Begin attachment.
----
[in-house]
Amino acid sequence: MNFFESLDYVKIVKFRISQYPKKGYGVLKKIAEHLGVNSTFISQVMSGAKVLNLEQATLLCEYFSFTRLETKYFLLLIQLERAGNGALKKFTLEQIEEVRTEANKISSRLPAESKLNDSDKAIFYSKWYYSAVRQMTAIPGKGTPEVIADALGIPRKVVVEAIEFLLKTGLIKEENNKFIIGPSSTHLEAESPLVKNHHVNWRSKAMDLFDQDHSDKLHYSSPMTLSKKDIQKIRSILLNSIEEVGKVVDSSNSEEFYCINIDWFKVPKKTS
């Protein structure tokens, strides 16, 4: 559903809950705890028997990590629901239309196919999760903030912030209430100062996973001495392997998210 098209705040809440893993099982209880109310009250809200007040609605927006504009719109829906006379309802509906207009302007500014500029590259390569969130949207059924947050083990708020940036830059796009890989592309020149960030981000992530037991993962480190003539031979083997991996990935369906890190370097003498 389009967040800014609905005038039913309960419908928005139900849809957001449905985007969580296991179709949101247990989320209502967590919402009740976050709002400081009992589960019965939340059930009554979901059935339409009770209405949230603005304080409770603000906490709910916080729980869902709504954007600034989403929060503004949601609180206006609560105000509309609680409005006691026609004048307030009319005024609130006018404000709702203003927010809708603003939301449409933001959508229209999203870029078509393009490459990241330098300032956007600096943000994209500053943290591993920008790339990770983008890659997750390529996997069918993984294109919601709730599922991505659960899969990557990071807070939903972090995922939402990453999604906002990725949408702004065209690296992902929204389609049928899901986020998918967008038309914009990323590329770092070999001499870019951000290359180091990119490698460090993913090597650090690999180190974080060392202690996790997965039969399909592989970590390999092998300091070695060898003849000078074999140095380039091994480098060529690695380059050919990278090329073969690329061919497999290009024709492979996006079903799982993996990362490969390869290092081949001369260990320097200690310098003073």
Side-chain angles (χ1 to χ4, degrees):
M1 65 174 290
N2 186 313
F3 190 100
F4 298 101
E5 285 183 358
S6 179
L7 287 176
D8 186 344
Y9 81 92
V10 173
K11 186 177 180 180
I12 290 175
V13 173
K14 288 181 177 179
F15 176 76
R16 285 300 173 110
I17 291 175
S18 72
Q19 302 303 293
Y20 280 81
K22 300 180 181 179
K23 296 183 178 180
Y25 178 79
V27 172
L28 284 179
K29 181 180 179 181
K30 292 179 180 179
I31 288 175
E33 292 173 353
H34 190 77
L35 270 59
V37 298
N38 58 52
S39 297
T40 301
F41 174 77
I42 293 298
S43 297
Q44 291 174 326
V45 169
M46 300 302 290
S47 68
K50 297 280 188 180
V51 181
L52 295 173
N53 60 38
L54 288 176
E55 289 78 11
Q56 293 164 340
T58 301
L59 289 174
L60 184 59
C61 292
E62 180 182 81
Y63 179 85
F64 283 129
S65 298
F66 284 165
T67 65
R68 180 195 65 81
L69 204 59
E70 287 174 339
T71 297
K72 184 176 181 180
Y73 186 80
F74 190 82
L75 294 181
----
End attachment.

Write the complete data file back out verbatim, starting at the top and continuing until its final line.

[in-house]
Amino acid sequence: MNFFESLDYVKIVKFRISQYPKKGYGVLKKIAEHLGVNSTFISQVMSGAKVLNLEQATLLCEYFSFTRLETKYFLLLIQLERAGNGALKKFTLEQIEEVRTEANKISSRLPAESKLNDSDKAIFYSKWYYSAVRQMTAIPGKGTPEVIADALGIPRKVVVEAIEFLLKTGLIKEENNKFIIGPSSTHLEAESPLVKNHHVNWRSKAMDLFDQDHSDKLHYSSPMTLSKKDIQKIRSILLNSIEEVGKVVDSSNSEEFYCINIDWFKVPKKTS
């Protein structure tokens, strides 16, 4: 559903809950705890028997990590629901239309196919999760903030912030209430100062996973001495392997998210 098209705040809440893993099982209880109310009250809200007040609605927006504009719109829906006379309802509906207009302007500014500029590259390569969130949207059924947050083990708020940036830059796009890989592309020149960030981000992530037991993962480190003539031979083997991996990935369906890190370097003498 389009967040800014609905005038039913309960419908928005139900849809957001449905985007969580296991179709949101247990989320209502967590919402009740976050709002400081009992589960019965939340059930009554979901059935339409009770209405949230603005304080409770603000906490709910916080729980869902709504954007600034989403929060503004949601609180206006609560105000509309609680409005006691026609004048307030009319005024609130006018404000709702203003927010809708603003939301449409933001959508229209999203870029078509393009490459990241330098300032956007600096943000994209500053943290591993920008790339990770983008890659997750390529996997069918993984294109919601709730599922991505659960899969990557990071807070939903972090995922939402990453999604906002990725949408702004065209690296992902929204389609049928899901986020998918967008038309914009990323590329770092070999001499870019951000290359180091990119490698460090993913090597650090690999180190974080060392202690996790997965039969399909592989970590390999092998300091070695060898003849000078074999140095380039091994480098060529690695380059050919990278090329073969690329061919497999290009024709492979996006079903799982993996990362490969390869290092081949001369260990320097200690310098003073």
Side-chain angles (χ1 to χ4, degrees):
M1 65 174 290
N2 186 313
F3 190 100
F4 298 101
E5 285 183 358
S6 179
L7 287 176
D8 186 344
Y9 81 92
V10 173
K11 186 177 180 180
I12 290 175
V13 173
K14 288 181 177 179
F15 176 76
R16 285 300 173 110
I17 291 175
S18 72
Q19 302 303 293
Y20 280 81
K22 300 180 181 179
K23 296 183 178 180
Y25 178 79
V27 172
L28 284 179
K29 181 180 179 181
K30 292 179 180 179
I31 288 175
E33 292 173 353
H34 190 77
L35 270 59
V37 298
N38 58 52
S39 297
T40 301
F41 174 77
I42 293 298
S43 297
Q44 291 174 326
V45 169
M46 300 302 290
S47 68
K50 297 280 188 180
V51 181
L52 295 173
N53 60 38
L54 288 176
E55 289 78 11
Q56 293 164 340
T58 301
L59 289 174
L60 184 59
C61 292
E62 180 182 81
Y63 179 85
F64 283 129
S65 298
F66 284 165
T67 65
R68 180 195 65 81
L69 204 59
E70 287 174 339
T71 297
K72 184 176 181 180
Y73 186 80
F74 190 82
L75 294 181